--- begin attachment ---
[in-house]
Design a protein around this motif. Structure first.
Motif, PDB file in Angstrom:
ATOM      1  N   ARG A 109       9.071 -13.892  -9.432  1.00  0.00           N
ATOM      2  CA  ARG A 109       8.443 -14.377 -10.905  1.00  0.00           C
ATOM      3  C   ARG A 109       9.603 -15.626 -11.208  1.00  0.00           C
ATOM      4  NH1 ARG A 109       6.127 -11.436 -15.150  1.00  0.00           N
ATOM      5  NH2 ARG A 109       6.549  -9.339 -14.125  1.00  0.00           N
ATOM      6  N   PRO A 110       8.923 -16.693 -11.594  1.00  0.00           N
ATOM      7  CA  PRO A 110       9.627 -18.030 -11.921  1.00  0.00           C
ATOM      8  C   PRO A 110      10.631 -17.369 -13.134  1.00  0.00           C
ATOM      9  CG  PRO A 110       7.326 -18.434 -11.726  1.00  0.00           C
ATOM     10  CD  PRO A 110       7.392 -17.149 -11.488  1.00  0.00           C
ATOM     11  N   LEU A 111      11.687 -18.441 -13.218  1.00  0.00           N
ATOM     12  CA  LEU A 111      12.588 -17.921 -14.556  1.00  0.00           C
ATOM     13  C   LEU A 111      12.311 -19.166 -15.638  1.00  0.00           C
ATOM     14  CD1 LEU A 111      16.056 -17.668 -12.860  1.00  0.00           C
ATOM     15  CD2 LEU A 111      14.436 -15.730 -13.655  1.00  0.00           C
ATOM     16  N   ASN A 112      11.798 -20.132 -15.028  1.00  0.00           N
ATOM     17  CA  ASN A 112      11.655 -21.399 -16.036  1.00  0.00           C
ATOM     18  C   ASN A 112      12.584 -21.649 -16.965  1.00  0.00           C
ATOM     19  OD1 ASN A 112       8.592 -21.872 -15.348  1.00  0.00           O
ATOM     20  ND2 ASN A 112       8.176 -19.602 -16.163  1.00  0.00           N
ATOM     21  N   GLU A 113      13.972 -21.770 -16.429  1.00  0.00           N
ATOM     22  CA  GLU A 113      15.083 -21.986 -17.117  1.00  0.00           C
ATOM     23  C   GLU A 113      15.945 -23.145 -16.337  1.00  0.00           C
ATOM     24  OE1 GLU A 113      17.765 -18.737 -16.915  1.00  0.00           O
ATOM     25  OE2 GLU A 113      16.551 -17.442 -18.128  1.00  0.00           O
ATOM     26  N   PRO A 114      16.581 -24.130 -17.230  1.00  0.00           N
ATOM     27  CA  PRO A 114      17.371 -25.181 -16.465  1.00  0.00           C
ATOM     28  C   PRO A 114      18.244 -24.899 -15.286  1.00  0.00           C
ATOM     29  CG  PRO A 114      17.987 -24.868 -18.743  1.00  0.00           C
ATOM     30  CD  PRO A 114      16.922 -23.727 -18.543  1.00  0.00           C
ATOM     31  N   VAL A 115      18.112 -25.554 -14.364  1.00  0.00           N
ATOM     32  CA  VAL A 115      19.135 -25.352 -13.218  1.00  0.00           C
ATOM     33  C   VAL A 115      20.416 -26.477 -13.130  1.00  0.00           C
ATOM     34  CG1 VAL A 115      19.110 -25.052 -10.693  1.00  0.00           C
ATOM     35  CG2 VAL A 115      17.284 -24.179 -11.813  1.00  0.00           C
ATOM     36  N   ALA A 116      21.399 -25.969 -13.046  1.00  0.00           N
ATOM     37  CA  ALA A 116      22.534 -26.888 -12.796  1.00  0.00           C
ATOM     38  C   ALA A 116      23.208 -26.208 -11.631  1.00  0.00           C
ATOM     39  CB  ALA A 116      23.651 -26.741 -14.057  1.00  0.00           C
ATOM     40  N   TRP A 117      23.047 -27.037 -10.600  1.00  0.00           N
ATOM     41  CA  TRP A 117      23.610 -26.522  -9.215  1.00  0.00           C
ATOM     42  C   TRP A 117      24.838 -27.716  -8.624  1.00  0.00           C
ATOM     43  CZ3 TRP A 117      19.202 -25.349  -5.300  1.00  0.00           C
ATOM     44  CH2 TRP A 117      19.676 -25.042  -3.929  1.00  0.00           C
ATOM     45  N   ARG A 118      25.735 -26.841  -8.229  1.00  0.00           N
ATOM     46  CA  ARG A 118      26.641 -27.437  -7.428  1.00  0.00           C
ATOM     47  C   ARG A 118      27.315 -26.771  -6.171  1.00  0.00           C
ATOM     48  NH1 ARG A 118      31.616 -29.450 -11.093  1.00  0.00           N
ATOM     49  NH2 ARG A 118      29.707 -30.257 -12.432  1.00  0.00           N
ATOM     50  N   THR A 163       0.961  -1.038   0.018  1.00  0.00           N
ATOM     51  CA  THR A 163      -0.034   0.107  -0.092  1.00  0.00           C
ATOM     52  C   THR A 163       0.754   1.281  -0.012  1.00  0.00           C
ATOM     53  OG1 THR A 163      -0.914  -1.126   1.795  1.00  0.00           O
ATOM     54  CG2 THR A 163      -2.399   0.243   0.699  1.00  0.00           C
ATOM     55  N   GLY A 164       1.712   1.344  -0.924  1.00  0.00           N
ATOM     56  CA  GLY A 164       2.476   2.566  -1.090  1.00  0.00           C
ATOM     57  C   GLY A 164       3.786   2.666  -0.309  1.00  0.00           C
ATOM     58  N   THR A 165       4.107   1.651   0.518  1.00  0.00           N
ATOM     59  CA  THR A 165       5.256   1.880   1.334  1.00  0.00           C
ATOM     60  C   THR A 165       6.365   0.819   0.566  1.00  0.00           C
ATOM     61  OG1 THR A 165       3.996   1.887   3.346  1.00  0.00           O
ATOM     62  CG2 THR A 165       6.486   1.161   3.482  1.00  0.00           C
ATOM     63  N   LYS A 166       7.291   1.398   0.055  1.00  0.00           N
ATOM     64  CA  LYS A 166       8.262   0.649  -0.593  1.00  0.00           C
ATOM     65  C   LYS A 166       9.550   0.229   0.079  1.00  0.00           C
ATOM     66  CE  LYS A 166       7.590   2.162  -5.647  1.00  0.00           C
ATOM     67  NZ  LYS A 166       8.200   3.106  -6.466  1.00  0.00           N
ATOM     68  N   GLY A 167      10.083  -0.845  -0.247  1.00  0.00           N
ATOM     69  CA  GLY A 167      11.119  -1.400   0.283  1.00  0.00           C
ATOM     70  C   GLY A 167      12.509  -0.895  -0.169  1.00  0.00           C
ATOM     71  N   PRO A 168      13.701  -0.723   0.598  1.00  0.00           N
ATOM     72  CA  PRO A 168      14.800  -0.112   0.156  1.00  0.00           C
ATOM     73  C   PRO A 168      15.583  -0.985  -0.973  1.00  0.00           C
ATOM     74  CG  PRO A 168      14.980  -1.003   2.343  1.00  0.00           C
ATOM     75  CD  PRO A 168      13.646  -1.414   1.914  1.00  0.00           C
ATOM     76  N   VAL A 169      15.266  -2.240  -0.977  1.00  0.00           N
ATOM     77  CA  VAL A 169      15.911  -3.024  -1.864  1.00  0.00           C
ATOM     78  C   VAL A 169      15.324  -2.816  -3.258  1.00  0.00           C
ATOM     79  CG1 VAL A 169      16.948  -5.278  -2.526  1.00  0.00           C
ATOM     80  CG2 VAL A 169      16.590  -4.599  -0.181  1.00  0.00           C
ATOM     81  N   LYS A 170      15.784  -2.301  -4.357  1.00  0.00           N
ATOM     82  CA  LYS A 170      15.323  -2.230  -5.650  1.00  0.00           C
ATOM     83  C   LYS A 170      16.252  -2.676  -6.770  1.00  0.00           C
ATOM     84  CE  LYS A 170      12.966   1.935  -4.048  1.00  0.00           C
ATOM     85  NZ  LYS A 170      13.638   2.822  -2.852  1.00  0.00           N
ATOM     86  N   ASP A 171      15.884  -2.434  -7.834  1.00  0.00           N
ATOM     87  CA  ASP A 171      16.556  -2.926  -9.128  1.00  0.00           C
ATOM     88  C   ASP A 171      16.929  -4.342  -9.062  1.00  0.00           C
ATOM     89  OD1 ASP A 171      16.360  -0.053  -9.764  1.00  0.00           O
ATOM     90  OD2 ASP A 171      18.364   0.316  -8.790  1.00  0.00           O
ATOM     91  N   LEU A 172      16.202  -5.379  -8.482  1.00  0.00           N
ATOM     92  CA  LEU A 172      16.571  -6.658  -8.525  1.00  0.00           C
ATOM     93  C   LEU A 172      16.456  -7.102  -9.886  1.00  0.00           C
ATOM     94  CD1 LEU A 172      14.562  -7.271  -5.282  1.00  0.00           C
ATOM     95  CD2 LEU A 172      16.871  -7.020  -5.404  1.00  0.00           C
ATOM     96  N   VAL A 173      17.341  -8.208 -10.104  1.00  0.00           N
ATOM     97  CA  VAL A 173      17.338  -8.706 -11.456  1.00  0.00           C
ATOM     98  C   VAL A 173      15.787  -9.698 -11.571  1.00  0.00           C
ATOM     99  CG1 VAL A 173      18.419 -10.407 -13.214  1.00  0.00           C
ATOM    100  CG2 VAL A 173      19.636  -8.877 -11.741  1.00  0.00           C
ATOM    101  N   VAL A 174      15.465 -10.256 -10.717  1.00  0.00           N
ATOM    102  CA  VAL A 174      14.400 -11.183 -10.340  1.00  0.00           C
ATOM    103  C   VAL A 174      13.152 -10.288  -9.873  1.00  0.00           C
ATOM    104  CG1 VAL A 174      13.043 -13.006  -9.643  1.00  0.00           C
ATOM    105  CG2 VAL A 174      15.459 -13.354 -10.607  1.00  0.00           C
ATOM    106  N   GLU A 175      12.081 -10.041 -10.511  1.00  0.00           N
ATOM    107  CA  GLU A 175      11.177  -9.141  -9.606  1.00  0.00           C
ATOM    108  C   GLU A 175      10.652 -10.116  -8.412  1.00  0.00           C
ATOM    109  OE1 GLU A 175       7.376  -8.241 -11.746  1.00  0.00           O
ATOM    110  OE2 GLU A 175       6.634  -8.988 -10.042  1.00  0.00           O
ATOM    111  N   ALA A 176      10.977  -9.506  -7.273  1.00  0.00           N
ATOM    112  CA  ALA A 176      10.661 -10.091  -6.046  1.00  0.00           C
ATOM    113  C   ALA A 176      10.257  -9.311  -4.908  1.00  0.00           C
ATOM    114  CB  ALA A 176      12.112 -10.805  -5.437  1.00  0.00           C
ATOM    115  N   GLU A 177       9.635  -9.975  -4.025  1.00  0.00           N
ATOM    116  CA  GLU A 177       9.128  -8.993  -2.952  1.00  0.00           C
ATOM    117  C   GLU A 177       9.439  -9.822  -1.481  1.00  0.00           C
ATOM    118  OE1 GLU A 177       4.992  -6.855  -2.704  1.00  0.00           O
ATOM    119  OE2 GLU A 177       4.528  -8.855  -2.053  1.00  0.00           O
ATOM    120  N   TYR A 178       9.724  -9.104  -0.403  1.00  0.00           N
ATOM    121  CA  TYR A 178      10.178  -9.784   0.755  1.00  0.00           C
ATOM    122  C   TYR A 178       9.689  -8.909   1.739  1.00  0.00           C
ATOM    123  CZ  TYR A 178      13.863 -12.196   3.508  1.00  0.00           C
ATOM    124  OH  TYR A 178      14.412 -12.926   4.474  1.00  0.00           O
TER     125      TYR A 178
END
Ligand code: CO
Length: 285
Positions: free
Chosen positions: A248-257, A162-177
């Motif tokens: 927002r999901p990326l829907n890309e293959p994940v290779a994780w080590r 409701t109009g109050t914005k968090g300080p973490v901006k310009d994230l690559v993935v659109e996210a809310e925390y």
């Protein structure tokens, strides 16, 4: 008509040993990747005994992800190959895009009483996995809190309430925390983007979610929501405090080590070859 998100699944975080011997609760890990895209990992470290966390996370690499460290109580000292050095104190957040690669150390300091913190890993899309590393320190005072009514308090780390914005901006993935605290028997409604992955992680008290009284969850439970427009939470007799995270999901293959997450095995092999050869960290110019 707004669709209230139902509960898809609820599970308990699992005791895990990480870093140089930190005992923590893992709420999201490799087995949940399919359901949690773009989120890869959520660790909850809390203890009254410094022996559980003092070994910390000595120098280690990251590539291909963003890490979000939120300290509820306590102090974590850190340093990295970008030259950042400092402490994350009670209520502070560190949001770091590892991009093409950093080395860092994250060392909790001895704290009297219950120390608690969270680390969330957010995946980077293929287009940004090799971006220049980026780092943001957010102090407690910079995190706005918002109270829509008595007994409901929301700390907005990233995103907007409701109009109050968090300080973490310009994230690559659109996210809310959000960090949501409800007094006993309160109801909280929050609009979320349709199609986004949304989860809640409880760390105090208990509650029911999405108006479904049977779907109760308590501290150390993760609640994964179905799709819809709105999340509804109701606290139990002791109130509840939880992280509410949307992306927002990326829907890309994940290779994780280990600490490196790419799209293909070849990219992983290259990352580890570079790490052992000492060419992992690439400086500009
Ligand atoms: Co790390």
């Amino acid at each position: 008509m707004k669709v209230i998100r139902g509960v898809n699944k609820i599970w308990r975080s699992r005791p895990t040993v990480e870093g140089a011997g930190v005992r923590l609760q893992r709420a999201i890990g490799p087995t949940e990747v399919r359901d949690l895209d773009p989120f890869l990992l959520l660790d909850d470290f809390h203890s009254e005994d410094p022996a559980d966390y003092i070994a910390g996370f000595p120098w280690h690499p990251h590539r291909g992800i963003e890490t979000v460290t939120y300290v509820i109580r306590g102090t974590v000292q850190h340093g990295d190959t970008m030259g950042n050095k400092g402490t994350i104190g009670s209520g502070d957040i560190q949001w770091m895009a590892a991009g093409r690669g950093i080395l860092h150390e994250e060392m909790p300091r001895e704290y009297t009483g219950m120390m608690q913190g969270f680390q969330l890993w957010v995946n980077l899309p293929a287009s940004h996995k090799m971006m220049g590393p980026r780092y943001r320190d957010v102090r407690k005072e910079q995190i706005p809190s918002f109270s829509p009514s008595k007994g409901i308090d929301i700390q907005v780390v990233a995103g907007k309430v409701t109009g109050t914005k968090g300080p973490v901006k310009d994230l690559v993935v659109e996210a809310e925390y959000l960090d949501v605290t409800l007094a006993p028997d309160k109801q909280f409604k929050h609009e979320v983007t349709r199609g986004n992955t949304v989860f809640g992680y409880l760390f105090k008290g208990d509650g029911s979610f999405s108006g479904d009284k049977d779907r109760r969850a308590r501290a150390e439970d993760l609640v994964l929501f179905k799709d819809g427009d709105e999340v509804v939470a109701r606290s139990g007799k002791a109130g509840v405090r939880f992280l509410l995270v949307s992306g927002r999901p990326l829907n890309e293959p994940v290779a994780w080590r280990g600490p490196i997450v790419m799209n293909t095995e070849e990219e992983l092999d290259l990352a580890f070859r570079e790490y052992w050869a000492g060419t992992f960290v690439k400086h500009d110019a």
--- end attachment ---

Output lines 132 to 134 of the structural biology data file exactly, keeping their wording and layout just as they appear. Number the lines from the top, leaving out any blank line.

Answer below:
Positions: free
Chosen positions: A248-257, A162-177
């Motif tokens: 927002r999901p990326l829907n890309e293959p994940v290779a994780w080590r 409701t109009g109050t914005k968090g300080p973490v901006k310009d994230l690559v993935v659109e996210a809310e925390y």